July 30th, 2011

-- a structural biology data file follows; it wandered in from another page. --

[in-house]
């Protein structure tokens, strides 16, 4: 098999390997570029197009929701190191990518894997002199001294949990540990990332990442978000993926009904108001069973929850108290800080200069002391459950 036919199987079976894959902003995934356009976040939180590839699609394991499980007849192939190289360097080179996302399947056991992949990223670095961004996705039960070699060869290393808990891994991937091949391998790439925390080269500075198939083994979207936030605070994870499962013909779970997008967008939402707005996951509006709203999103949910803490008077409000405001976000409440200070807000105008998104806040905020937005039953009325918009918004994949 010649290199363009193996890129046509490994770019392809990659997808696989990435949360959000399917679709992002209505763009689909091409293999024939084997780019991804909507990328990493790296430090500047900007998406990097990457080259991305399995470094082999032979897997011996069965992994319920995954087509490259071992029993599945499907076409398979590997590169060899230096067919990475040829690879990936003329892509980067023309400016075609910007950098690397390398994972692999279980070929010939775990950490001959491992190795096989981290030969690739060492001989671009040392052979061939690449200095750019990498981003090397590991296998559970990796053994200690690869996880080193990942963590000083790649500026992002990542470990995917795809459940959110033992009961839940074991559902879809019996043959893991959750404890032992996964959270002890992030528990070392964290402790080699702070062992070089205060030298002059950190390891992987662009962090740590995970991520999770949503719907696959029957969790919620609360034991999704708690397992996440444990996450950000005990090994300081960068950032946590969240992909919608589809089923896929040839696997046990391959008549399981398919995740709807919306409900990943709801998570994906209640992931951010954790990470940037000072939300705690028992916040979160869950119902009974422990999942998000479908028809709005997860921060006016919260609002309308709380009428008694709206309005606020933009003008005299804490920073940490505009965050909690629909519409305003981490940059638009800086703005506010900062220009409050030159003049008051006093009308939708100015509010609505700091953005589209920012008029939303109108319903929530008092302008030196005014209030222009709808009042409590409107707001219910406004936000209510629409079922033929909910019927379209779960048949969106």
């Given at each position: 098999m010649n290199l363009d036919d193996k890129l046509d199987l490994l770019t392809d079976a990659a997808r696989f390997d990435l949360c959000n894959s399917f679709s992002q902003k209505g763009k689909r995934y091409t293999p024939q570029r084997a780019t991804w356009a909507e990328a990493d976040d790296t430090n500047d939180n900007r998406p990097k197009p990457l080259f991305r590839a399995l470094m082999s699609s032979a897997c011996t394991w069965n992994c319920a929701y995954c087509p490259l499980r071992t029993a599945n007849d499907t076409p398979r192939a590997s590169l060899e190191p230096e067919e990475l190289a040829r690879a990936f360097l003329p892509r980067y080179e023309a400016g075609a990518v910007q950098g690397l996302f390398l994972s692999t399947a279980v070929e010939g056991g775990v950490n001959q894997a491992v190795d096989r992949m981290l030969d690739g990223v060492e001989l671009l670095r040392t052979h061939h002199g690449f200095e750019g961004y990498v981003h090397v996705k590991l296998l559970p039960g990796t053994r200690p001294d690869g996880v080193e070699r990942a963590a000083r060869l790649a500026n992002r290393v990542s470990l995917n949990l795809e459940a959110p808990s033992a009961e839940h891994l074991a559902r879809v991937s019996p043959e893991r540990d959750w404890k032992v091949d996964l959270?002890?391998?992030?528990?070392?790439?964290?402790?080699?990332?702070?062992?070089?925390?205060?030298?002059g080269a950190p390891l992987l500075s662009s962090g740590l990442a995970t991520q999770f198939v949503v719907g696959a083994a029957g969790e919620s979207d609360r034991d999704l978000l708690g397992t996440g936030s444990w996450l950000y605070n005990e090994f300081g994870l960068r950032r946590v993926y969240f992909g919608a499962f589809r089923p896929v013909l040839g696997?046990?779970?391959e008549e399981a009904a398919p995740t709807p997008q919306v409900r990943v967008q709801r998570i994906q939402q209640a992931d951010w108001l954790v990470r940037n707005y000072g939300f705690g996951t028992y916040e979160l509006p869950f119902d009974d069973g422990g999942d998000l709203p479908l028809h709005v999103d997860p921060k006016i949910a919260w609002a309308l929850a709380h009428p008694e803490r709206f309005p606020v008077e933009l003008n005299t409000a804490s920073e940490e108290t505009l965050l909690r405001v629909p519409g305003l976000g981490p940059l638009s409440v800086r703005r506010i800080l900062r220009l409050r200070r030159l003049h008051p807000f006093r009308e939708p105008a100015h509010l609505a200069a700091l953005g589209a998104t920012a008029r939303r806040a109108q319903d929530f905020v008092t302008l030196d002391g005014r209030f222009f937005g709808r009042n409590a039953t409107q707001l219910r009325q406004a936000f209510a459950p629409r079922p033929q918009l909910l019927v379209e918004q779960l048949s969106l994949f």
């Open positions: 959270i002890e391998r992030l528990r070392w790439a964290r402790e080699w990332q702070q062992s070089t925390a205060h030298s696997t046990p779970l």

Carnegie Hall was one of the first places ever nominated to our Census of Places that Matter. We feature it today, focusing not on the music hall but on the little known artist studios that for more than 100 years have existed above the hall. Today, these artist spaces are imminently threatened with joining the lengthening list of places lost to creativity all around the city. Andrew Carnegie added the towers and artist studios in 1894 and 1896, shortly after erecting Carnegie Hall in 1890. Over the years, many artists have lived in the studios, like John Barrymore, Charles Dana Gibson, Leonard Bernstein, Martha Graham, and Bobby Short. Others artists “just” did their work there, like Isadora Duncan and George Balanchine. Today, fifty artists remain, but a few weeks ago Carnegie Hall served them eviction papers. Now the tenants of Carnegie Hall Studio Towers are filing suit to prevent the eviction. See Jim Dwyer’s article in the New York Times on August 1, and Laura Collins-Hughes’ in The Sun on August 8. Carnegie Hall says it needs the space for operations. The tenants and their supporters say that destroying the studios destroys a rich, more-than-century-old tradition and an irreplaceable artist’s community. It also does away with yet one more source of affordable living space for the people making the art that sustains places like Carnegie Hall.